Sunday happened to be Imbolc, Groundhog Day, Candlemas or Brigid’s Day, about halfway between the winter solstice and the spring equinox. It marks the beginning of spring, which I now see comes a lot sooner in Ireland than it does in New England. Our first stop was at these fascinating beehive huts.
Also known as the Fahan Beehive Huts, Caher Conor (Cathair na gConchuireach) is located on the south side of Mount Eagle west of Dingle. The complex consists of five structures.
The clochan (beehive huts) in Caher Conor were probably single family dwellings and were attached to each other with a doorway leading from one to the other. They were built in the form of a circle of successive strata of stone, each stratum lying a little closer to the center than the one beneath and so on up to a small aperture at the top that could be closed with a single small flagstone or capstone. No mortar was used in building, which is called corbelling.
The hillside at one time had over 400 of these drystone, corbelled huts surviving, prompting one antiquarian in the 19th century to refer to the area as the “City of Fahan”. Dating the huts is difficult because the skill of corbelling has been used in Newgrange (3100 B.C.) and as recently as the 1950s. The huts at Fahan along the Slea Head Drive may well date to the 12th Century when the incoming Normans forced the Irish off the good land and out to the periphery of the Dingle Peninsula.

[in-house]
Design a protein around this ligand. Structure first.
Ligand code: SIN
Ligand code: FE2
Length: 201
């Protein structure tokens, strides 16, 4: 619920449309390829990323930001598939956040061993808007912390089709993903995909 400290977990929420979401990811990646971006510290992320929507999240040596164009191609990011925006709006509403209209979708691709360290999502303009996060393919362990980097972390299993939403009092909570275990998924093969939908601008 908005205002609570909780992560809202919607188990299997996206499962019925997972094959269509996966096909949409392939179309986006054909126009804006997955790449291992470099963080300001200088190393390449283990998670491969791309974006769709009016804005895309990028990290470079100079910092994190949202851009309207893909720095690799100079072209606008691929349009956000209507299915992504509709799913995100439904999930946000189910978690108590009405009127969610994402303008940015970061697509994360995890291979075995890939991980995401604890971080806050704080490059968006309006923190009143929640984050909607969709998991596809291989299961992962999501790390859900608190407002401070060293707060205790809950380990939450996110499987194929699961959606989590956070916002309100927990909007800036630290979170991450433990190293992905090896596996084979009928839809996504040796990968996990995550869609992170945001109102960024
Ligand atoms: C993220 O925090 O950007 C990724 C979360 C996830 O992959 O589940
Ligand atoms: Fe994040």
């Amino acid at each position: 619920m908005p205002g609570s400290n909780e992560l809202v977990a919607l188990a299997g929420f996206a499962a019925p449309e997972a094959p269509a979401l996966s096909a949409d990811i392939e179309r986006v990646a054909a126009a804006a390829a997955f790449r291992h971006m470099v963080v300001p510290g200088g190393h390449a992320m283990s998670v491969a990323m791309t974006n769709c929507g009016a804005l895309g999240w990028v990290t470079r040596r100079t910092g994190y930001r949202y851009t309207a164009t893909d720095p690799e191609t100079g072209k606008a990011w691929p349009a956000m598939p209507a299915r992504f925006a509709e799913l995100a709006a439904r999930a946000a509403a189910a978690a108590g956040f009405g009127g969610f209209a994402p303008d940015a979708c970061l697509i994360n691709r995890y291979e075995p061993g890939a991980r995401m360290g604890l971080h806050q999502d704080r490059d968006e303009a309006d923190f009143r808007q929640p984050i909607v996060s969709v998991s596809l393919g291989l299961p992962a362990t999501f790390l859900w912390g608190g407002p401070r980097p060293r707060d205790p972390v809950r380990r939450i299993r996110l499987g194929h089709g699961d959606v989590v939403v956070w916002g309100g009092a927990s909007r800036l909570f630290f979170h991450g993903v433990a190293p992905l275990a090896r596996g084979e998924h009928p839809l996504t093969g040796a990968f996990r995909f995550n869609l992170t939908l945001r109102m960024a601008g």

~ Saints & Stones website
It was good to get warmed up in the car and drive off for our next destination.
If Winter comes, can Spring be far behind?
~ Percy Bysshe Shelley
(The Poetical Works of Percy Bysshe Shelley: In Three Volumes)
We recently discovered there is a festive parade in the town of Essex, Connecticut, on Groundhog Day! (February 2) It was fun to see people from near and far celebrating the occasion (also known as Candlemas and Imbolc) by wearing groundhog hats, watching the parade, and then following the procession while banging on pots and pans brought from home. It’s nice to have a holiday to brighten up the season between the Winter Solstice and the Spring Equinox!
If Candlemas Day is bright and clear, there’ll be two winters in the year.
~ Scottish Proverb
We brought our groundhog, Basil, and his new son, Basil, Jr., along with us. The day was not bright and clear in Essex so perhaps there will be only “one” winter this year. Enjoy the parade!
Next year I will try to get a few pictures of all the folks clanging on their pots and pans!
Technically winter will be over in 6½ weeks no matter what the groundhog says, but because he didn’t see his shadow today, there is hope for an early arrival of spring-like weather.
Our groundhog, Basil, refused to step outside in the raging ice storm for his shadow-less annual photo shoot. So we put him in front of the sliding glass door with one of Brigid’s lambs. No shadows to be seen anywhere! Come spring!
Basil is named for my paternal grandfather, who was born on Groundhog Day, February 2, 1882 in the village now known as Ivano-Frankovsk, Ukraine. When Pop arrived in America at Ellis Island in 1909, instead of translating his name, Wasyl, to its equivalent in English, Basil, the immigration worker wrote his name down as William, by which he was known for the rest of his life.
Last year the sun was shining brightly, so we took Basil down to Eastern Point Beach for pictures.